The first way you can check your monthly print volume is by looking at your current printing bill.
Checking your current printer/copier invoice will serve as the most accurate form of examining your monthly print volume, and if utilizing a maintenance plan for your current machine, your invoice will likely tell you exactly how much you print or copy each month.
2. Check the Meter Reads on Your Printer
The second way to assess your current monthly print volume is to check the meter reads on your machine.
Meter reads tell you how many impressions, or total prints and copies, you have made, and it is usually found in the machine’s settings or on a printed report.
Take the meter reading you discovered and divide it by the number of months you’ve owned that machine. This would provide a close calculation of your monthly print volume, especially if you purchased your current machine new since the meter would’ve started at or near zero.
3. Check How Much Paper You Use Each Month
The third main option you can use to check your print volume is the simplest, but also least accurate, way of evaluating volume.
If the previous two options aren’t possible for you to complete, you can gauge how much paper or paper reams you go through each month to give you a rough estimate to work with as you search for a machine that can safely handle your monthly print volume.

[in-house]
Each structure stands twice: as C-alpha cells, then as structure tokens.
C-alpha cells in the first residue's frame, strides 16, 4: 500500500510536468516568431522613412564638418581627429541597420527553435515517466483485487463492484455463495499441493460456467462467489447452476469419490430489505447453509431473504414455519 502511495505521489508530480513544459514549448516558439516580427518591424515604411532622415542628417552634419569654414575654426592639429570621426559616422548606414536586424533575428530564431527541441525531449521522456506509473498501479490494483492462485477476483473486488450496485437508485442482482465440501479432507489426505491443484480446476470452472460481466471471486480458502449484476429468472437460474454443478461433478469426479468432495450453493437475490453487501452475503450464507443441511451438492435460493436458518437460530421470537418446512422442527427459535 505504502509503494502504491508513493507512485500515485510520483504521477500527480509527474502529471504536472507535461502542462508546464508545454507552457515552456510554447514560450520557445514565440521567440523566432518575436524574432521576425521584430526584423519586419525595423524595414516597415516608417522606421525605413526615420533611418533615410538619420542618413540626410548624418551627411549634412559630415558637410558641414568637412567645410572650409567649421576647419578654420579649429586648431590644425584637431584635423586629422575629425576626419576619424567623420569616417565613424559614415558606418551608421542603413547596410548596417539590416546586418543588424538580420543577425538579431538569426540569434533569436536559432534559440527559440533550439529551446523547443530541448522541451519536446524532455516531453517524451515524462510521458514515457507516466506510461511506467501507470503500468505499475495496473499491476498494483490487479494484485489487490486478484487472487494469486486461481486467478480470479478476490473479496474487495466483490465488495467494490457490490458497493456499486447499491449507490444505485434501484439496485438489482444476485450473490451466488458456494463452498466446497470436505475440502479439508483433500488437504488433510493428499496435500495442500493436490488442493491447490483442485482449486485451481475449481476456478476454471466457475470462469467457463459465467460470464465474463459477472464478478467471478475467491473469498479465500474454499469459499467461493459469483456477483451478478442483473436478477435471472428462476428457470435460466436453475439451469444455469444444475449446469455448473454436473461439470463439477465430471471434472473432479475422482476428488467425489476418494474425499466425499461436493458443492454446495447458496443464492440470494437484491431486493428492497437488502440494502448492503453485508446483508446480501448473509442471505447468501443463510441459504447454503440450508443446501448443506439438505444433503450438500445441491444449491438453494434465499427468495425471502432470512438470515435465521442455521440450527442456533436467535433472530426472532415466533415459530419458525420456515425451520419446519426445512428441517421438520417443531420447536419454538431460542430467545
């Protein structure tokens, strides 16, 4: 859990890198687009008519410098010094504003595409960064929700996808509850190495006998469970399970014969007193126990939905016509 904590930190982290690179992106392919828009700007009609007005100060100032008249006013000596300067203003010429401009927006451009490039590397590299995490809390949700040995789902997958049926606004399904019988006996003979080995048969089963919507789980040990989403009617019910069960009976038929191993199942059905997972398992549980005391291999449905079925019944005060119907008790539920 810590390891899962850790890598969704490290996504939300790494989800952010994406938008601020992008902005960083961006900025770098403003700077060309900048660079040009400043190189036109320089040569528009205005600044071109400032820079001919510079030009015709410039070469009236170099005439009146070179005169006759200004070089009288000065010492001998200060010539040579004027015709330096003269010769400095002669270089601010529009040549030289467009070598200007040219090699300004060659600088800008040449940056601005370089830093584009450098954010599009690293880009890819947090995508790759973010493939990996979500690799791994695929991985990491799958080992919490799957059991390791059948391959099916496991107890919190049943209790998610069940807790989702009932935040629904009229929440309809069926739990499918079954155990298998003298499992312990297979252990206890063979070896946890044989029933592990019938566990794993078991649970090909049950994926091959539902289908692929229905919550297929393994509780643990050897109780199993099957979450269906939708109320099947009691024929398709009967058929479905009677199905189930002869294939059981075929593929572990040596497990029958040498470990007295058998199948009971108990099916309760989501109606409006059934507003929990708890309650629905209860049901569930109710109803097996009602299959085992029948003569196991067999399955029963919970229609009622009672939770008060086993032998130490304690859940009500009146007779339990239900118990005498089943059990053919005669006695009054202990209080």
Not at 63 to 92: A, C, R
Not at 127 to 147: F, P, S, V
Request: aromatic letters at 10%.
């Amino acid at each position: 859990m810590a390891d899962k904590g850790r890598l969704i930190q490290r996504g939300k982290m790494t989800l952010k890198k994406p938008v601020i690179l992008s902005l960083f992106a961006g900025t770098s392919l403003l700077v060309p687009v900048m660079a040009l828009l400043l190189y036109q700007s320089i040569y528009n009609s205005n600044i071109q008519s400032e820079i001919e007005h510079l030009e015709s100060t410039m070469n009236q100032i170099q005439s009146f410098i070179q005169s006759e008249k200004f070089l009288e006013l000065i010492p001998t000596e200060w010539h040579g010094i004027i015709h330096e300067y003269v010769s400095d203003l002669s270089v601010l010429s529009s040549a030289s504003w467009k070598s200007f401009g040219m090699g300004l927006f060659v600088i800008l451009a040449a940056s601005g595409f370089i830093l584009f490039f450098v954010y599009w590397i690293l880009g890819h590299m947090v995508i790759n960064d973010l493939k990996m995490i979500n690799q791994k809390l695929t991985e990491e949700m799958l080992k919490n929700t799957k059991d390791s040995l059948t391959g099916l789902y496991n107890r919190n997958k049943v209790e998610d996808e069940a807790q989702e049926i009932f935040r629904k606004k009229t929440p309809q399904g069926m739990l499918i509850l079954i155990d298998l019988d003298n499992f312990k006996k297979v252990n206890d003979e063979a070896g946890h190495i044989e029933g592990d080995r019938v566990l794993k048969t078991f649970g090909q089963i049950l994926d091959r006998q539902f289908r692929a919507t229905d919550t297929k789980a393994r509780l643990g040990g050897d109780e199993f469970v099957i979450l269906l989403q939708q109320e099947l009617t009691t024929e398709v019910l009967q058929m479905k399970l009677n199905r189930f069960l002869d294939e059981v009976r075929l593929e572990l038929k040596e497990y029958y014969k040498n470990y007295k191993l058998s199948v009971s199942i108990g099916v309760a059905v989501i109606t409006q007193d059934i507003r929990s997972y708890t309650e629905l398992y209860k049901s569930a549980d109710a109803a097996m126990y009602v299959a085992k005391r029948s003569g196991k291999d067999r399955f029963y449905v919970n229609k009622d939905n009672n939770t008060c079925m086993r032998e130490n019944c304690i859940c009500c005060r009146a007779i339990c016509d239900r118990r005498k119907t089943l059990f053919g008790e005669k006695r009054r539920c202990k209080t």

For an example of how to calculate volume with paper, let’s say you go through two paper reams a month. To estimate your current print volume, you would simply multiply two times the total number of pages in a ream (typically 500) to approximate how many prints you make in a month.
What Other Factors Go Into Buying a Printer?
When it comes to purchasing the right printer for your organization, there won’t be many factors more important to consider than print volume.
Knowing your print volume before you dive into research for a new machine will set you up to find a printer that can sufficiently handle your print volume and help you avoid the unexpected costs that can arise with an inadequate printer.
Use the steps discussed in this article to check your current print volume and use that as a statistical measure to narrow down your search for your next machine.
Because we’ve been in the printer/copier industry for over 35 years, we’ve learned all the things you need to consider before buying an office printer.
Print volume is one of the most pertinent, but there are plenty of other factors that you need to go over before pressing “Buy” on your next printer.
Download our free Guide to Purchasing or Leasing a Printer to learn about all the factors you need to take into account before purchasing your office’s next machine.